Learn about the best ways to grow great glads in your garden.
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How to Grow: Gladiolus
Bloom Period and Seasonal Color
Summer in a wide range of colors such as white, yellow, pink, red, purple, and bi-color
Mature Height x Spread
3 to 4 feet x 12 inches
There is no flower more stunning in an arrangement than gladiolus. They are popular curt flowers for all occasions, from weddings to funerals. Even though they are mostly know as a cut flower, gladiolus look beautiful in the flower garden as well, especially when grouped together and planted next to complimentary flowers. If you want color, gladiolus is your flower. Varieties are available in almost any color of the rainbow, with many having frilly flowers and bi-colored blooms. The sword-like leaves yield a spiky flower stalk with individual flowers that bloom from the bottom up. To keep flowers coming all summer and fall continue to plant bulbs (known as corms) into early summer.
Where, When and How to Plant
Gladiolus is not hardy in New England, so bulbs need to be dug in fall and stored or simply grown as an annual flower. Purchase bulbs (corms) from your local garden center. The largest corms will yield the best flowers. Plant bulbs in spring after all danger of frost has passed, about the time you’d plant corn, on well-drained soil. Gladiolus grows best on sandy loam soil. If you have clay soil, consider raising the beds for better water drainage. Plant the bulbs 4 times the diameter of the bulb deep. Amend the soil with compost and some bulb fertilizer in each hole. Space bulbs 6 to 10 inches apart.
As gladiolus grows, tie the flower stalks to a stake or use wire cages to keep the stalk growing straight and not flopping. Keep the soil evenly moist by watering and mulching with bark mulch. For using in flower arrangements, harvest the flower stalks after the first few flowers open. In the garden, let the whole flower stalk bloom and cut it to the ground after the flowers fade.
Regional Advice and Care
Thrips insects can attack gladioli flowers. These small, white insects will feed on the flowers and leaves causing them to be streaky and discolored. Spray insecticidal soap on the plants to kill the thrips. If storing those bulbs, dip the corms for 2 minutes in hot water, dry and store to kill the thrips for next season.
Companion Planting and Design
Gladiolus are usually planted in rows to be harvested as a cut flower, but they also can be used in the perennial flower border planted with dahlias and tall zinnias to give the garden a late season flower boost. Plant gladiolus near plants that will hide their foliage once their blooms have passed. Shorter varieties grow well in containers.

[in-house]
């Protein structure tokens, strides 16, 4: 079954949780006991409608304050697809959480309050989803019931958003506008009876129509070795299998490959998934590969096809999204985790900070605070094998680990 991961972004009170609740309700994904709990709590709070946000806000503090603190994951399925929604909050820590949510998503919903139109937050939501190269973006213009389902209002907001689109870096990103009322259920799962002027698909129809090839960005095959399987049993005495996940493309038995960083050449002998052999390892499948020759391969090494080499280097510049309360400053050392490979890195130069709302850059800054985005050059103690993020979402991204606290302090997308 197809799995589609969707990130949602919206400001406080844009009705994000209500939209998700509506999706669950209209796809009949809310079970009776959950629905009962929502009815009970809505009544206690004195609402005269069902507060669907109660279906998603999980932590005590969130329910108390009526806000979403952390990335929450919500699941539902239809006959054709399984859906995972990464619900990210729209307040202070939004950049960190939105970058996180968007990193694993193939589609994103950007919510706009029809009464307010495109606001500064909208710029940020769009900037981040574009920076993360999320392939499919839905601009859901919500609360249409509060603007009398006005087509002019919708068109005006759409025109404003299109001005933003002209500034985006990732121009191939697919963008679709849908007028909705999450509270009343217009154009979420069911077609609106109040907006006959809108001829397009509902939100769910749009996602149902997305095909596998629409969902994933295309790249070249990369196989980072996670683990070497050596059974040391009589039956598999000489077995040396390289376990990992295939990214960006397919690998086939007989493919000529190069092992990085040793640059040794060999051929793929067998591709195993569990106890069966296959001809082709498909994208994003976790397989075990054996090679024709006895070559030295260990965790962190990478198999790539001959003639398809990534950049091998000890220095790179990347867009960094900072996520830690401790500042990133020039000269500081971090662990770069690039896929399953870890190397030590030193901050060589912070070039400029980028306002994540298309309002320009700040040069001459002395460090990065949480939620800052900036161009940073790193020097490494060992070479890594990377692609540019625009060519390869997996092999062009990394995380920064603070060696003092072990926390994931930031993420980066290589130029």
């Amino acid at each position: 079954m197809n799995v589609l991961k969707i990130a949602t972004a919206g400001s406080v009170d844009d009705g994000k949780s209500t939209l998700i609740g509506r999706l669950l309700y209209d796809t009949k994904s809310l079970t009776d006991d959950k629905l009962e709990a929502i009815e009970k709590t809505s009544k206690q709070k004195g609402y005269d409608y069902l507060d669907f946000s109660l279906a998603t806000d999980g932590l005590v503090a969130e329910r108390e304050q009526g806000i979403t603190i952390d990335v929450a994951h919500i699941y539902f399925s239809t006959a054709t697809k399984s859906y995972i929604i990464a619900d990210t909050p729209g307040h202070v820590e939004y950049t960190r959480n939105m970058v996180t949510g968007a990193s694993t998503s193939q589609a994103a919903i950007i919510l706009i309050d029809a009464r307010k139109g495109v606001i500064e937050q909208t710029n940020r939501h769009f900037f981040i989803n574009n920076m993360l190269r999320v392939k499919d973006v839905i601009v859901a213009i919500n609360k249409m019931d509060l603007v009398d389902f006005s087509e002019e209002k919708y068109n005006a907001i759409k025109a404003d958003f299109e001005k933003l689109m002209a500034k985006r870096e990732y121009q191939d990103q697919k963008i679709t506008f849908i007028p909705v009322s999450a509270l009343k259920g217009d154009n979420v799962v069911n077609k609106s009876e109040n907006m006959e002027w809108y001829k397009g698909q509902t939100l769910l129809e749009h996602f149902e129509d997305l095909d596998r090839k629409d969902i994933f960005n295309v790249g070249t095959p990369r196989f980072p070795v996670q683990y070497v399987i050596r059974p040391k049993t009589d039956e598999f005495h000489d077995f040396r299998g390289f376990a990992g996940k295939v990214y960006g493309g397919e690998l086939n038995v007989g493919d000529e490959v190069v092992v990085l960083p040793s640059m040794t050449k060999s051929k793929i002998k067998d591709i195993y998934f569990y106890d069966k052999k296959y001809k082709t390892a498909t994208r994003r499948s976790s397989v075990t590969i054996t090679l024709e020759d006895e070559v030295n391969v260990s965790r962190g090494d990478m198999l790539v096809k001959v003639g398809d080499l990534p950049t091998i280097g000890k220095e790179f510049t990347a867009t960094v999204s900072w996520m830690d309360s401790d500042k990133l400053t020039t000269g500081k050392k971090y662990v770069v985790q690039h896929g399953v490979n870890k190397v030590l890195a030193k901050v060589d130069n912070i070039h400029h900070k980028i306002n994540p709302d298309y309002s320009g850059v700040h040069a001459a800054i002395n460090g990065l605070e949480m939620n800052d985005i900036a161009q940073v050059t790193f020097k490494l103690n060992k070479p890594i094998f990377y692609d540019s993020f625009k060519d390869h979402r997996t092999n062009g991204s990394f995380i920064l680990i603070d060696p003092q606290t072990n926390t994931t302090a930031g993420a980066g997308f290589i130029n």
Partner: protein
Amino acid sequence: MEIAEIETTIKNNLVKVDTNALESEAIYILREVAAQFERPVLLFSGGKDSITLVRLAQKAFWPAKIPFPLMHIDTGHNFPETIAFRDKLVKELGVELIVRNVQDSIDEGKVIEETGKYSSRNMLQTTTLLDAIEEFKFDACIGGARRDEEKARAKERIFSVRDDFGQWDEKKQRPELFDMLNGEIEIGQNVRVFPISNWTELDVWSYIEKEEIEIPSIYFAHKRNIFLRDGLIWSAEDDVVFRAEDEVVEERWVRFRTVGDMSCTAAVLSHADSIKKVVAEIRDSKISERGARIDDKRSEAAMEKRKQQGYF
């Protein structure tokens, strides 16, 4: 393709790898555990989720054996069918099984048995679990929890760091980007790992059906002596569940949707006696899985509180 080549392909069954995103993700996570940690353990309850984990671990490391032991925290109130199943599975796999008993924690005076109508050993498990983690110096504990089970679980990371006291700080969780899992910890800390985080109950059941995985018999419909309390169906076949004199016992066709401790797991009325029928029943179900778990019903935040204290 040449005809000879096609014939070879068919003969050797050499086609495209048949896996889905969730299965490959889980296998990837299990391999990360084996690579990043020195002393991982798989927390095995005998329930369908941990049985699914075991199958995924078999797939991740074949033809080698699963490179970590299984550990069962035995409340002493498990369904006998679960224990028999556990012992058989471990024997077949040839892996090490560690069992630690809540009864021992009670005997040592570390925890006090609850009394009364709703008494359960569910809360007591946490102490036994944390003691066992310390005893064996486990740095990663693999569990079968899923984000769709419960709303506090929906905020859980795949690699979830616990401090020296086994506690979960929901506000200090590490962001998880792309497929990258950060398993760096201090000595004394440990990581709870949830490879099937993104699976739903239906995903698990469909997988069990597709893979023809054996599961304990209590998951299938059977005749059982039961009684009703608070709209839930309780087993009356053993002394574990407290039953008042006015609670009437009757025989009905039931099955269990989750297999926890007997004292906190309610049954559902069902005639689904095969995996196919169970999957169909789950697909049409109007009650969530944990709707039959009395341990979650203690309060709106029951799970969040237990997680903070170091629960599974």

‘Candyman’ has deep pink colored flowers. ‘Dream’s End’ has a bright orange flower stalk that stands 3 feet long. ‘Frizzled Coral Lace’ has ruffled, coral and salmon colored flowers. The ‘Flevo Series’ comes in many colors, such as red, yellow blue flowers, and only grows 2 feet tall reducing the need for staking.
Excerpted from my book, New England Getting Started Garden Guide.
This South African native flower is also known as the sword lily. It’s in the iris family and gardeners have been breeding and growing it for hundreds of years. It’s the birth flower of August and said to symbolize infatuation. Have you guessed it yet? It’s the gladiolus.
I have to admit, when I say gladiolus I normally think of funeral flowers. But that’s actually a compliment to this colorful bulb. Gladiolus makes excellent cut flowers and the stems are so showy you really feel like you’re getting your money’s worth when you grow them. While most gardeners are familiar with the large and colorful flowered hybrids, there are many heirloom and species types that have smaller, more delicate stalks and are tougher plants. The ‘Nana’ gladiolus have 2 foot tall flower stalks and small, orchid-like flowers. ‘Atom’ gladiolus grows less than 3 feet tall with bright red, fringed in white, flowers. And the heirloom ‘Abyssinian Glad’ features small white flowers with a purple throat and a sweet fragrance.
Whether you’re growing one of the hundreds of hybrids or experimenting with some of these smaller species types, you grow gladiolus the same way. Glads like a well drained soil in full sun. They grow from corms planted in spring after all danger of frost has passed. Since they’re often used as a cut flower, plant in rows so you can care for them easier. Keep well watered and spray neem oil to control thrips insects that can attack the flowers. Consider staking or supporting tall varieties to keep the flower stalks straight. When about three blossoms are open on the stalk, cut it at the base and bring it indoors to let the rest of the flowers open. In fall dig and store the corms indoors.
Now for this week’s tip, in shady areas consider planting colorful foliage annuals such as coleus, perilla, and alternanthera. These add brightness to dark corners without relying on flowers.